Particle Technology- Filtration

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The fifth lecture in the module Particle Technology, delivered to second year students who have already studied basic fluid mechanics.

Filtration covers the modification of Darcys law to predictive filtration design equations as well as ones used for test data analysis. Examples of industrial equipment for filtration are included.

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Particle Technology- Filtration

  1. 1. Filtration<br />Chapter 4 in Fundamentals<br />Watch this lecture at http://www.vimeo.com/10201620<br />Visit http://www.midlandit.co.uk/particletechnology.htm for further resources.<br />Course details: <br />Particle Technology, <br />module code: CGB019 and CGB919, <br />2nd year of study.<br />Professor Richard Holdich<br />R.G.Holdich@Lboro.ac.uk<br />
  2. 2. Filtration<br /><ul><li> Types
  3. 3. Cake filtration mechanism
  4. 4. Modification of Darcy's law
  5. 5. Constant pressure filtration
  6. 6. Constant rate filtration
  7. 7. Variable rate & pressure filtration
  8. 8. Industrial equipment</li></li></ul><li>Types of filtration<br />Deep bed - clarification<br />Normally batch (in duplicate) but some continuous ones:<br />Image supplied by DynaSand and Hydro International (Wastewater) Ltd.<br />
  9. 9. Types - membrane<br />Clarification on filtering membranes<br />
  10. 10. Types - Clarification<br />Cartridge and candle filtration<br />
  11. 11. Cake filtration mechanism<br /><ul><li>Multifilament filter cloth p. 40</li></li></ul><li>Cake filtration mechanism<br /><ul><li>Monofilament filter cloth</li></li></ul><li>Cake filtration mechanism<br /><ul><li>Monofilament open filter cloth/mesh</li></li></ul><li>Cake filtration mechanism p.31<br />Why can’t we simply measure Rm for each medium?<br />
  12. 12. Cake filtration mechanism – reality p 41<br />Why can’t we simply measure Rm for each medium?<br />i.e. Rm = f(material to be filtered)<br />
  13. 13. Modification of Darcy's law<br /><ul><li>Porosity or voidage
  14. 14. and Concentration</li></li></ul><li>Modification of Darcy's law<br />Darcy’s law:<br />Flow rate<br />Kozeny-Carman equation:<br />Pressure/L<br />use:<br />
  15. 15. Modification of Darcy's law<br />Volume liquid<br />Flow rate<br />Darcy’s law/Kozeny:<br />Pressure/L<br />Time<br />What do the graphs tell us about these equations? <br />How will this vary for filtration? <br />Think about a given material and filter in these equations – what is constant, what varies, look at the graph…<br />What are the independent and dependent variables?<br />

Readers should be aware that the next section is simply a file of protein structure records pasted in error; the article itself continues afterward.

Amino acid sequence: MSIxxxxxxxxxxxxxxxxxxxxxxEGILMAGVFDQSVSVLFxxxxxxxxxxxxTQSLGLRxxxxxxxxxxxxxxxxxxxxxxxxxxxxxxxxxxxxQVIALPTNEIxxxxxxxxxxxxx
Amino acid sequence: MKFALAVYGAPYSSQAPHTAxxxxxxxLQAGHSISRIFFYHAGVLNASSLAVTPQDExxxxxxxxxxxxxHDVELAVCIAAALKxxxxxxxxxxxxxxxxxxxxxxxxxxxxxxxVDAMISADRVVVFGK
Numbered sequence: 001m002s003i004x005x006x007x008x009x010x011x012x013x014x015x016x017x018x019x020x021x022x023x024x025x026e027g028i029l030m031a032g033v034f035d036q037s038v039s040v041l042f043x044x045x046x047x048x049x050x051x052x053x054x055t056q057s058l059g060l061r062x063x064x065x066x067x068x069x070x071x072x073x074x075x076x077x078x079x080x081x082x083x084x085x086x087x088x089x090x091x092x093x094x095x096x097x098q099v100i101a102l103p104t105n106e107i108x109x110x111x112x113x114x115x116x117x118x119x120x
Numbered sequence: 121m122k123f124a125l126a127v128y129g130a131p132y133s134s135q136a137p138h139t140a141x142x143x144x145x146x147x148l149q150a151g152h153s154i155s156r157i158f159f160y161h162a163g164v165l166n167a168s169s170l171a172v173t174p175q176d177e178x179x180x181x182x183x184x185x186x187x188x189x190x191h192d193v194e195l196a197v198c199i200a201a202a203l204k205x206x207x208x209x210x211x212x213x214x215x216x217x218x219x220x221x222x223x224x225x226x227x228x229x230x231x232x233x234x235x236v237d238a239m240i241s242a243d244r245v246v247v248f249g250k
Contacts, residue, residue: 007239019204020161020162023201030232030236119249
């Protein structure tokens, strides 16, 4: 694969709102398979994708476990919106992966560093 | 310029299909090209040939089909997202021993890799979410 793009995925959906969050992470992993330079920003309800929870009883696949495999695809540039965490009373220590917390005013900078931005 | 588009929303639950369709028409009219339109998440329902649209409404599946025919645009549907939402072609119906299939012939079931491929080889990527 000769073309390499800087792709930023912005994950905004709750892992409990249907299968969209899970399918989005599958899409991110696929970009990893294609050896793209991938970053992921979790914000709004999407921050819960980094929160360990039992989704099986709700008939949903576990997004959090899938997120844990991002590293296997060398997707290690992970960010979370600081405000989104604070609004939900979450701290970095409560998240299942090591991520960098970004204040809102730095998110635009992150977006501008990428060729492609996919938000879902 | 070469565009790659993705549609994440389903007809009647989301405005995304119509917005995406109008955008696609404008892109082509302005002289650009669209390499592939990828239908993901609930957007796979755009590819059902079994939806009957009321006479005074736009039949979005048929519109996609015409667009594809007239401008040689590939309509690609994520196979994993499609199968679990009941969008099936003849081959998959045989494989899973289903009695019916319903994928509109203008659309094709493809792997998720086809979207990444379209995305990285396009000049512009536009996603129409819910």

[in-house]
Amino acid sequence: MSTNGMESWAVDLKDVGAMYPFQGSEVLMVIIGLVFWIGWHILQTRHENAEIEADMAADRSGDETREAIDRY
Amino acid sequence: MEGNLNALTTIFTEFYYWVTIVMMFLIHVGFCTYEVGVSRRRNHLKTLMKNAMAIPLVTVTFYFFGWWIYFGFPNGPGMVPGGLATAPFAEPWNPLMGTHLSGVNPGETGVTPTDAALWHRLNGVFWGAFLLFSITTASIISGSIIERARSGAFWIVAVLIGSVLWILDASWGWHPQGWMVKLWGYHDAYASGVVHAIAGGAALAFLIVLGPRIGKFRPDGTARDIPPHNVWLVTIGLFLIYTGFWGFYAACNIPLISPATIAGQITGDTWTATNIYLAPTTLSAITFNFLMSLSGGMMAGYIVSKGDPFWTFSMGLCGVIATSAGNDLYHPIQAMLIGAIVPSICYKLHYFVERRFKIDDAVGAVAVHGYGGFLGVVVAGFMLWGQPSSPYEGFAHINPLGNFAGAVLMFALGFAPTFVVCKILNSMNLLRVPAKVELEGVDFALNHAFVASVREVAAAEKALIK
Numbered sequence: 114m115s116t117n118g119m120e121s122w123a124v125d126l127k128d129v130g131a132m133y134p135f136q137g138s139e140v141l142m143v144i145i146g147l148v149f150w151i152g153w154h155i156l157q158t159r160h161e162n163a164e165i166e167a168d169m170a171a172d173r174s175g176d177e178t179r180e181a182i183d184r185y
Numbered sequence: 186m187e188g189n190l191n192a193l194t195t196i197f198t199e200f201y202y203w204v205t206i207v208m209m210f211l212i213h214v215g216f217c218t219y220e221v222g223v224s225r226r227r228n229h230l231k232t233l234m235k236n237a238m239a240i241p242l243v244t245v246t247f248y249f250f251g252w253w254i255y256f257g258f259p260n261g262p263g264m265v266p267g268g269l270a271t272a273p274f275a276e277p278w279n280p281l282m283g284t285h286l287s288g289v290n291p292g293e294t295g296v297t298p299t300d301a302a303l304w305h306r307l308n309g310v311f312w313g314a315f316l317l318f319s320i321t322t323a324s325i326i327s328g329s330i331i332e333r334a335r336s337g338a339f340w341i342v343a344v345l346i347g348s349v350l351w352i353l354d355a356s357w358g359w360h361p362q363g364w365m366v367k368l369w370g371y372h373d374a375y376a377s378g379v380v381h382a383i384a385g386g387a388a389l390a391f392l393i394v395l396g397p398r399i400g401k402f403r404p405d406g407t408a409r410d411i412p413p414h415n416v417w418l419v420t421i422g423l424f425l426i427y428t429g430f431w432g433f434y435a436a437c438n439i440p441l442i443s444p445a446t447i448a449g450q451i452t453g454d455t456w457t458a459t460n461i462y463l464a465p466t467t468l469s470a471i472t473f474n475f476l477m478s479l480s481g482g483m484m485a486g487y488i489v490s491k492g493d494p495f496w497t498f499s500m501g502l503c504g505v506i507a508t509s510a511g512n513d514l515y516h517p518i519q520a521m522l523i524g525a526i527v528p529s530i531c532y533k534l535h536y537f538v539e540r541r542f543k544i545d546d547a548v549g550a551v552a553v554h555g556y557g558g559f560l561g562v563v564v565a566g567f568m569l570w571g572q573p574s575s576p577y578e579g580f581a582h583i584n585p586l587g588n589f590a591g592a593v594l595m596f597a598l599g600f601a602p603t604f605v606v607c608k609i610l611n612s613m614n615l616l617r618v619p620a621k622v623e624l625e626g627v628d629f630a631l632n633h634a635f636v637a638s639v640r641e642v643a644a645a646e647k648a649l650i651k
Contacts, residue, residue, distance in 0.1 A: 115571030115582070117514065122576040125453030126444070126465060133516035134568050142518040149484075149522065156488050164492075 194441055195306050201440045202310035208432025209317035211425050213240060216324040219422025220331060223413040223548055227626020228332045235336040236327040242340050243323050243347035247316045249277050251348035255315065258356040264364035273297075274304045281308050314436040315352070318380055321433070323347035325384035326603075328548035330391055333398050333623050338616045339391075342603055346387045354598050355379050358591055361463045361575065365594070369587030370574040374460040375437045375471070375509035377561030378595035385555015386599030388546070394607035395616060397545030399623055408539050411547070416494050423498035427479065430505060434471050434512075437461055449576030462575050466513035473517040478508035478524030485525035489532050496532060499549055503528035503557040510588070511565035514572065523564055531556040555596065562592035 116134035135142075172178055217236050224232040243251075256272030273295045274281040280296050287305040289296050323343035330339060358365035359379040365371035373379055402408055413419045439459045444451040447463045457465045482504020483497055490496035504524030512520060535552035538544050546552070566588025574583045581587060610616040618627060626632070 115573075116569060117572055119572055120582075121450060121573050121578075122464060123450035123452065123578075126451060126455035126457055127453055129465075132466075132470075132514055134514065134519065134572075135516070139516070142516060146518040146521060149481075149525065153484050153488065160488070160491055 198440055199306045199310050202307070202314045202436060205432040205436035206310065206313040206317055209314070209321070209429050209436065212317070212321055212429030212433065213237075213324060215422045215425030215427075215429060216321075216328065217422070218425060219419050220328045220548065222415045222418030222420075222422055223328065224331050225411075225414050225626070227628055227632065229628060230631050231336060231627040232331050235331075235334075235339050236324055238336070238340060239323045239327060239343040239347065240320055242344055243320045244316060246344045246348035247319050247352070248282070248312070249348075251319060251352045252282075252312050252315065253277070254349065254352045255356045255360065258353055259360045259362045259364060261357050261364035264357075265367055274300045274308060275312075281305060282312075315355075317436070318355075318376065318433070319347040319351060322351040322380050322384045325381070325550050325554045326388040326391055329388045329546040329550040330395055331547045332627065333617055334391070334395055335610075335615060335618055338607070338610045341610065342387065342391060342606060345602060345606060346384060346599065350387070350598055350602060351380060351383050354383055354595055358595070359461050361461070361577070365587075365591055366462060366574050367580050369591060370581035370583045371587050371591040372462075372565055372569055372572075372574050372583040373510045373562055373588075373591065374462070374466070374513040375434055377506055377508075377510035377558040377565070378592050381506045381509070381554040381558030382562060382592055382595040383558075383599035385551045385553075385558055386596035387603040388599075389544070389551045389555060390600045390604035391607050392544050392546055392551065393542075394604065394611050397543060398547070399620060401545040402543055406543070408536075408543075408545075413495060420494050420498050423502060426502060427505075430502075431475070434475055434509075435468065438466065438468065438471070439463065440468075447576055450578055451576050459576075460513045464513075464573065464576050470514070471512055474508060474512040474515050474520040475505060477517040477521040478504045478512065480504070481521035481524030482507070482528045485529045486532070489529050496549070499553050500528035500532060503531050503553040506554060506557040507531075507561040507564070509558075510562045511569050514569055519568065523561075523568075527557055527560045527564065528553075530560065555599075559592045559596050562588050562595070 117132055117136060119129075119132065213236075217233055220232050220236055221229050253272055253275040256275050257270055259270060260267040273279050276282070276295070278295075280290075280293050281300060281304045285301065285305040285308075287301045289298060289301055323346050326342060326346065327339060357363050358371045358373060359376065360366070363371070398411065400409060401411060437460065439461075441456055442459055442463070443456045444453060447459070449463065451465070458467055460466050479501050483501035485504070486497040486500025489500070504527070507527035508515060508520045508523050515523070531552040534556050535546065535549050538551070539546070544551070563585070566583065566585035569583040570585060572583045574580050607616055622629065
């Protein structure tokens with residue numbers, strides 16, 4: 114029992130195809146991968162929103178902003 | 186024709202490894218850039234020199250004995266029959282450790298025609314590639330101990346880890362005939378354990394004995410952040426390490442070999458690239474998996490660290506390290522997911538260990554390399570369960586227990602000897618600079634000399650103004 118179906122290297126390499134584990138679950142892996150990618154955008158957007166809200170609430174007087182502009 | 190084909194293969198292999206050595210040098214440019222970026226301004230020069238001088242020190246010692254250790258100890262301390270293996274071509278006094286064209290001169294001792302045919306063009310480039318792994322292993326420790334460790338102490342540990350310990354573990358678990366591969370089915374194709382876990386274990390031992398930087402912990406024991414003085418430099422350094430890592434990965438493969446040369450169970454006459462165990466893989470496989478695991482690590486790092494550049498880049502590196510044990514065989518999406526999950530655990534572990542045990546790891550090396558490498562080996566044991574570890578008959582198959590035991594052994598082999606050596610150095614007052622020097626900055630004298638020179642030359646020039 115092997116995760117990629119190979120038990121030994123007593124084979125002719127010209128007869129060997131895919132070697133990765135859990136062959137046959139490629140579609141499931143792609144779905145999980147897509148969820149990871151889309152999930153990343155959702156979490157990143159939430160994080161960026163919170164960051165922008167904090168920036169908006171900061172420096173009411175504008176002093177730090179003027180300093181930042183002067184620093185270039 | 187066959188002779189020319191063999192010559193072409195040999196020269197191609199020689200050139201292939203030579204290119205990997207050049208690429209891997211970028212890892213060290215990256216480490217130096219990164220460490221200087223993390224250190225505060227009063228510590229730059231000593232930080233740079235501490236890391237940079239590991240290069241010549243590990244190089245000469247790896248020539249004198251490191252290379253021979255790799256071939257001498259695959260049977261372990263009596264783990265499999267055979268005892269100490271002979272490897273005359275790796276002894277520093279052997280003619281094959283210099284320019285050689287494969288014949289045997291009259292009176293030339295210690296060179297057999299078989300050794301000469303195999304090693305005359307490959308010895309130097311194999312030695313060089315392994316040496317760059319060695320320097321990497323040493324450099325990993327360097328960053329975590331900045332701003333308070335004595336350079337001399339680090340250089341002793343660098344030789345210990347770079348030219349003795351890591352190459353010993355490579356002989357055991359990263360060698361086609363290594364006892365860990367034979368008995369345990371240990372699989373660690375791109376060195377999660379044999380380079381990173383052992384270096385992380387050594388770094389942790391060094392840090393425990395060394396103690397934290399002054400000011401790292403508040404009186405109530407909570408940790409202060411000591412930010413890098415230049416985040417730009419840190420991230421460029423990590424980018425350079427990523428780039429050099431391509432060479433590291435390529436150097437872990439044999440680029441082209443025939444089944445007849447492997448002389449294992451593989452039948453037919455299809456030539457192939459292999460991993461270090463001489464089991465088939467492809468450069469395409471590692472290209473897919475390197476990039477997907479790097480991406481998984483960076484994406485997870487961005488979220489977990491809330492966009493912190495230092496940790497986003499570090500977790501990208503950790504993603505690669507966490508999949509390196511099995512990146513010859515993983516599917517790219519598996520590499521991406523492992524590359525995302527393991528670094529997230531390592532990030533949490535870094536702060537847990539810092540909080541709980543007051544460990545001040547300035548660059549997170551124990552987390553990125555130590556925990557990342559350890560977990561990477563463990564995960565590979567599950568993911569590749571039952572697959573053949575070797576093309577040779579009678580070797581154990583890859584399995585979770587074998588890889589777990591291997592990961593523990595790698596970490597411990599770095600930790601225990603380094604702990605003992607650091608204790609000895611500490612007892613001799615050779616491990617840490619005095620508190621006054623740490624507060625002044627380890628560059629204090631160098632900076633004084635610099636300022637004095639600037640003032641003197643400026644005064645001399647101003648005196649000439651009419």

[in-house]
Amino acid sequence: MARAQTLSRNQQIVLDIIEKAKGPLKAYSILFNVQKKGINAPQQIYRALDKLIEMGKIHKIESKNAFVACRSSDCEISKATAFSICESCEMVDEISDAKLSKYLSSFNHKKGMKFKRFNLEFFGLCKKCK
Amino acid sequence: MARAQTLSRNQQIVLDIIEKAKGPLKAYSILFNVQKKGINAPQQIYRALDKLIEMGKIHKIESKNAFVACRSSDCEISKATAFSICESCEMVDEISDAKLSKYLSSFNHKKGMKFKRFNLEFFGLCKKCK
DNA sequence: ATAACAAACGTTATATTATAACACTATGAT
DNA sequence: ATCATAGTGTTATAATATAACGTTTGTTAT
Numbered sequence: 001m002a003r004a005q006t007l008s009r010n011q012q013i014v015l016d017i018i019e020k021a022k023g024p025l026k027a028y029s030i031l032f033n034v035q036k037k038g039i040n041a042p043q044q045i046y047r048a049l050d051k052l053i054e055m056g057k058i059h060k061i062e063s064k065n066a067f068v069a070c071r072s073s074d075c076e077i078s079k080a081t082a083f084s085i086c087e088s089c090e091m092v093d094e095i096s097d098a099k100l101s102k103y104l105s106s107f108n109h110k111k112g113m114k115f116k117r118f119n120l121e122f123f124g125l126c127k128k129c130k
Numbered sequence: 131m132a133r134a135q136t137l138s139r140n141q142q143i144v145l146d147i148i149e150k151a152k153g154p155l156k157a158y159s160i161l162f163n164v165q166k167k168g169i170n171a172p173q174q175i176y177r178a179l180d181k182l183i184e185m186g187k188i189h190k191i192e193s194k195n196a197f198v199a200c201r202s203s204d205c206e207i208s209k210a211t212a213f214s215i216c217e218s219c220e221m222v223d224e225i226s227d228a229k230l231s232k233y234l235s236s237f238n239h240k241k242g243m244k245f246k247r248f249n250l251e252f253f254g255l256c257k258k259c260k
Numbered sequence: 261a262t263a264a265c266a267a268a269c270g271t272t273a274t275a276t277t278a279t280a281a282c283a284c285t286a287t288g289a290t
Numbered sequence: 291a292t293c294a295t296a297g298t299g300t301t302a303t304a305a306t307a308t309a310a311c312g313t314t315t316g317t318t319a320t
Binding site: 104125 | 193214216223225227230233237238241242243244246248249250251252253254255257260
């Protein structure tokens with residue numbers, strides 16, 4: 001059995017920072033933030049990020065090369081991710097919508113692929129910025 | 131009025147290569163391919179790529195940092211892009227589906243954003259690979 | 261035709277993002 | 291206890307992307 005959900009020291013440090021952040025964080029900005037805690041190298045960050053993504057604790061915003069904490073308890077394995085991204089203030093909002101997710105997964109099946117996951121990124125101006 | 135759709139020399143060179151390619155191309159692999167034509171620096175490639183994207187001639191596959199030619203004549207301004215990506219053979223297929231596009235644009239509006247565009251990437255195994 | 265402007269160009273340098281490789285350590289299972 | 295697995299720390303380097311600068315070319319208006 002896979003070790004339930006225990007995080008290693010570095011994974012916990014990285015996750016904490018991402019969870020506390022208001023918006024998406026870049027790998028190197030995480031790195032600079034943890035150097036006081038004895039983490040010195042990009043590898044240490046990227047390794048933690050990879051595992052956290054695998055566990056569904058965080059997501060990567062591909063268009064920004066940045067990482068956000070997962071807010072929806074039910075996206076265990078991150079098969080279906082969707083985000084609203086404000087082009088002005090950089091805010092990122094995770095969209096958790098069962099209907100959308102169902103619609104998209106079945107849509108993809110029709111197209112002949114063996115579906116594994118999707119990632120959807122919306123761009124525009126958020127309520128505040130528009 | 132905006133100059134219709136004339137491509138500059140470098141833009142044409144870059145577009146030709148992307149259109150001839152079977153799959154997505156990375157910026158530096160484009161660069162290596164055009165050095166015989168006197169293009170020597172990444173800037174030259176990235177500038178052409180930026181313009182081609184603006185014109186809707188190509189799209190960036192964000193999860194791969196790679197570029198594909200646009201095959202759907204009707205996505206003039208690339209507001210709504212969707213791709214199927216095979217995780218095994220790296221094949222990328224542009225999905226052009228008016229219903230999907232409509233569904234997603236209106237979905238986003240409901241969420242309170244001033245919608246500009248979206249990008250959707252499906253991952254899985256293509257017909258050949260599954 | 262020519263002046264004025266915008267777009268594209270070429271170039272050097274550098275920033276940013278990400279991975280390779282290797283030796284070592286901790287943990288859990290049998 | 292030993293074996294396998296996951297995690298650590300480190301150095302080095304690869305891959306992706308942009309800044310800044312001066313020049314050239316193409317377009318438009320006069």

16. 16. Modification of Darcy's law – p.29<br />At constant pressure drop:<br />Q is constant - permeation<br />Darcy’s law:<br />Filtrate volume<br />Q decreases - filtration<br />Time<br />
  17. 17. Modification of Darcy's law – p. 32<br />Build up of incompressible filter cake:<br />Filter cake<br />formation<br />Filter medium<br />
  18. 18. Modification of Darcy's law<br />
  19. 19. Modification of Darcy's law<br />Pressure drops are additive:<br />Pcake<br />Pmedium<br />
  20. 20. Modification of Darcy's law<br />Pressure drops are additive:<br />P<br />Ratio: <br />cake volume:filtrate = constant = <br />
  21. 21. Modification of Darcy's law<br />Ratio: <br />cake volume:filtrate = constant = <br />What does<br />Represent – in English, see the graph…<br />What does<br />Represent – in English<br />
  22. 22. Modification of Darcy's law – p.36<br />where cis the dry cake mass per unit volume of filtrate:<br />sis feed slurry mass fraction andmis the moisture ratio of the cake (mass cake wet/mass cake dry - or sample). In some instances one can assume m=1; i.e. neglect liquid in cake.<br />and  is the specific resistance to filtration (m/kg).<br />
  23. 23. Modification of Darcy's law – p.36<br />Considering Rc & alpha some more:<br />w is dry mass/unit area solids:<br />Rc<br />alpha = Rc/w<br />so:<br />w<br />
  24. 24. Modification of Darcy's law – equation (4.11)<br />General filtration equation:<br />
  25. 25. Constant pressure filtration<br />Constant P filtration - integrate general equation:<br />Time over filtrate volume<br />to give:<br />a<br />b<br />i.e:<br />Filtrate volume<br />
  26. 26. Constant pressure filtration<br />summary:<br />Need to know:<br />viscosity, pressure, and filter area <br />& slurry mass fraction, liquid density (and cake moisture - if poss.)<br />Time over filtrate volume<br />a<br />b<br />Need to calculate:<br />c then <br />and Rm<br />Filtrate volume<br />
  27. 27. Constant pressure filtration<br /><ul><li>General filtration equation:
  28. 28. Constant pressure:</li></ul>y = m x + c<br />
  29. 29. Constant pressure filtration<br /><ul><li>Filtration Testing in the Laboratory:</li></ul>High permeability: vacuum leaf<br />Low permeability: pressure bomb<br />Tests:<br /><ul><li>effect of pressure,
  30. 30. different cloths or media,
  31. 31. slurry agitation,
  32. 32. filter aids and flocculants